Four-handed play continued for the next two and a half hours, and all the remaining players notched up their aggression levels. It was during this period that Gregg Merkow nearly crippled himself on a hand with Sonny Perry and Bobby Law. He limped in first to act, and he and Perry called Law's $30,000 small blind raise to see the flop which came ace-six-deuce. Law checked on the flop and Perry bet out $60,000, leaving the action up to Merkow, who finally called after being given a countdown to make a decision. Then Law check-raised another $100,000. Perry folded, and Merkow went into the tank once more. Fourteen minutes into the hand, Merkow finally folded, leaving himself with only $250,000. That made him the short stack at the table as the level ended and the players retired for a break.

Upon returning Merkow ordered a Red Bull from the waitress, which seemed to affect him in a very positive way. He took down 6 of the first 9 pots with either a raise or re-raise, displaying intelligent aggression of the sort usually only seen from top-tier professional players. Even when his rush of cards ended he continued to play in a higher gear for the rest of the level. Jeff Wood finally hit the point where he decided to make a stand against Merkow's aggression, moving over the top of Merkow's raise with king-queen offsuit. Merkow considered the situation carefully before calling with ace-jack. The flop came ace-queen-ten, pairing each player's hand and also giving each a gutshot straight draw that could only be completed if the other made two pair. Wood received no help and left the tournament in 4th place with a prize of $136,040. His patient and aggressive style will pay dividends if he chooses to continue playing in the Circuit events later this year.

Once play was three-handed, Sonny Perry found himself the shortest stack at the table, surrounded by two behemoths. "I'll give y'all one chance to chop this money, that's all," he said to the others, and laughter rippled through the audience. Neither of his opponents said a word. "All right," he said. "I gave you fair warning." Within ten minutes, Perry became a serious threat. Gregg Merkow raised to $48,000 preflop, and Bobby Law re-raised another $150,000. With no hesitation, Perry moved all-in for another $122,000. Merkow folded after some consideration, and Law called quickly. He showed ace-queen of diamonds, and Perry showed a dominating ace-king. A king on the flop sealed the deal, and Perry doubled through the chip leader to take that position for himself.

Perry continued to pile chips up for a short while before bleeding off $150,000 on a pre-flop betting war with Merkow. Just a few minutes later Merkow took Perry out in a heads-up battle in the blinds. Both men checked on a flop of nine-six-deuce with two spades. The turn came the five of hearts, and Perry led out for $30,000. Merkow raised another $80,000, Perry came in for another $80,000, and Merkow moved all-in. Perry called and showed the five-deuce of spades for a pair with a combination gutshot and flush draw, and Merkow turned up the seven-three of spades for a higher combination gutshot/flush draw. Merkow's friends, who had driven in from Dallas in the morning, chanted for a spade - and their prayers were answered when the ace of spades hit the river. Sonny Perry fell short of winning a second WSOP Circuit championship ring, but he earned $170,050 for his trouble - not too bad for four days' work.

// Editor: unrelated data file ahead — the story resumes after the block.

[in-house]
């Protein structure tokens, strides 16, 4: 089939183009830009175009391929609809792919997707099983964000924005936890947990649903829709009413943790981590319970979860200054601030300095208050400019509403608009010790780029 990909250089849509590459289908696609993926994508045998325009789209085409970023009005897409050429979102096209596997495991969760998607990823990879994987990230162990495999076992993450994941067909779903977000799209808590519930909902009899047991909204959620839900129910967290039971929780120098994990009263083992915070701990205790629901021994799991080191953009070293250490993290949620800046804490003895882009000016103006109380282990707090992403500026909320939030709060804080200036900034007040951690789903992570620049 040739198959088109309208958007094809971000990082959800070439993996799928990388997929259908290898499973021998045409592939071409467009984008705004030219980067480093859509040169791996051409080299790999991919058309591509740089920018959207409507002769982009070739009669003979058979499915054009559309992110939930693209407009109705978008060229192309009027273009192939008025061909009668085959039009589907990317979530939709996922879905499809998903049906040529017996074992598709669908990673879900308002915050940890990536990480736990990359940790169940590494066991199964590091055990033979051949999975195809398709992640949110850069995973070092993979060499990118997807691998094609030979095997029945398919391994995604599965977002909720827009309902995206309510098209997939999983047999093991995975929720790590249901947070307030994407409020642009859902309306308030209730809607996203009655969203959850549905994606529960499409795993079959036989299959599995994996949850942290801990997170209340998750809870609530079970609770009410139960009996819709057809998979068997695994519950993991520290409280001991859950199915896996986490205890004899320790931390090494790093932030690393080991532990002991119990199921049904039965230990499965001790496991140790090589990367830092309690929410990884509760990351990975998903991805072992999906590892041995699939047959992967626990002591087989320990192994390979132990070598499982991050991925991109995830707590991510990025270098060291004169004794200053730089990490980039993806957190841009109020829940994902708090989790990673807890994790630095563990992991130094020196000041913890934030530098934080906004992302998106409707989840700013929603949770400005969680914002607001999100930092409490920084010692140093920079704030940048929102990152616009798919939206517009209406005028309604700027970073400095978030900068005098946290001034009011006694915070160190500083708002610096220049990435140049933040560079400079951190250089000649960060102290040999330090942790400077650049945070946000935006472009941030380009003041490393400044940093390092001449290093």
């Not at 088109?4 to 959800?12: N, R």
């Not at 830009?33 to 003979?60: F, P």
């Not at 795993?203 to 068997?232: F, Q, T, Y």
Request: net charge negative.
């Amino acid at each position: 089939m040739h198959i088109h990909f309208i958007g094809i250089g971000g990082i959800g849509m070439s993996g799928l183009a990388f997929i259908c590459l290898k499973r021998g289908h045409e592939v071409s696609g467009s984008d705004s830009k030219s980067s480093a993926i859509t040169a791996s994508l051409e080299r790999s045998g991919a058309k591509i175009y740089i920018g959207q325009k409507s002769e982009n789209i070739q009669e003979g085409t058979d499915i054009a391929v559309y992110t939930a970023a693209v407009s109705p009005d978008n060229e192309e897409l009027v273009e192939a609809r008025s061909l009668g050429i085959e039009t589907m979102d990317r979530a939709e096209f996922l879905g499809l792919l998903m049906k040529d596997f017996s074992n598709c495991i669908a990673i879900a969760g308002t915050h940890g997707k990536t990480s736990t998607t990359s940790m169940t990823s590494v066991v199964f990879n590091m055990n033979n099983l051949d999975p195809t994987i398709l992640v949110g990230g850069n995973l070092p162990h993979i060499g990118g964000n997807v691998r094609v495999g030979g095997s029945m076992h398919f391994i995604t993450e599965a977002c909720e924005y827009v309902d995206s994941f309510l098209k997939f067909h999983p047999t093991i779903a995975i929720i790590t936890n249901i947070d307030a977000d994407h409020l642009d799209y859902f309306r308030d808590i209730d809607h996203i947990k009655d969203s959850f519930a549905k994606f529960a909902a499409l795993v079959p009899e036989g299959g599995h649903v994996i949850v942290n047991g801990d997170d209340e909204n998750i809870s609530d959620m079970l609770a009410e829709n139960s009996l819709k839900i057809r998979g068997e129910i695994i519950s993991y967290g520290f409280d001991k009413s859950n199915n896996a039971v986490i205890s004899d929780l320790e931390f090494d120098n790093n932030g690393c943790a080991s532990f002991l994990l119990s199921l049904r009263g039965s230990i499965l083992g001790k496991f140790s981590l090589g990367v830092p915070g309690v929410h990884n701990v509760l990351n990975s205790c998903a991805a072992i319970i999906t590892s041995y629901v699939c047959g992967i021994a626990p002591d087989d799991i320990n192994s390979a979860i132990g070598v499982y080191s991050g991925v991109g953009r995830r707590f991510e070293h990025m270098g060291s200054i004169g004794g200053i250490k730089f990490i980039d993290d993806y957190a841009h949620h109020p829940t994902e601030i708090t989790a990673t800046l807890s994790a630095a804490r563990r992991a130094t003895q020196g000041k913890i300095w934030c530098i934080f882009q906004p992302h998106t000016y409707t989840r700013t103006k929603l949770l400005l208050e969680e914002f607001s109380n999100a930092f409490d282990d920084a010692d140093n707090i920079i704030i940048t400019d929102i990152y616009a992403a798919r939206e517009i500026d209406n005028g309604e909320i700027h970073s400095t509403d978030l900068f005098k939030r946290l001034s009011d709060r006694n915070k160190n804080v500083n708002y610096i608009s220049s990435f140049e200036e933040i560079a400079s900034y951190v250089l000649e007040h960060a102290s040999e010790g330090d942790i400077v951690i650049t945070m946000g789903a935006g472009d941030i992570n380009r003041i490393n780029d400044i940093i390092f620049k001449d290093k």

Merkow came into heads-up play with a nearly $900,000 chip lead and he played his big stack the way it's meant to be, putting consistent pressure on Bobby Law. After 27 hands of heads-up play, Law re-raised all-in over Merkow's standard preflop raise to $69,000. Merkow called quickly, showing ace-seven offsuit to Law's pocket fives. An ace came on the five, and that was all she wrote - Merkow waited in anticipation of the end of the hand, and when the last card safely hit the board he exploded with pure joy. The amateur with little major tournament experience outlasted the toughest field of the Tunica WSOP Circuit to take home the gold championship ring, $561,195, and an invitation to the Tournament of Champions on Las Vegas next year. Bobby Law, for his part, earned $309,491 and the knowledge that in the right situations he can outplay one of the world's best poker players.


The Main Event was a grueling tournament despite its relatively small field of 179 players. The players who lasted until the final table were a varied bunch with one thing in common: great skill at the game of no-limit hold'em. If the next Circuit stop in Las Vegas draws a field this tough, the WSOP Circuit will be well on the way to earning a reputation as a destination for the world's best poker players. By the time the Circuit returns to Tunica in January of next year, that reputation should be firmly cemented.

More Pictures from the Final Day.

John Juanda Sonny Perry Darrell Struck Johnny Clements Bryant King Steve Rassi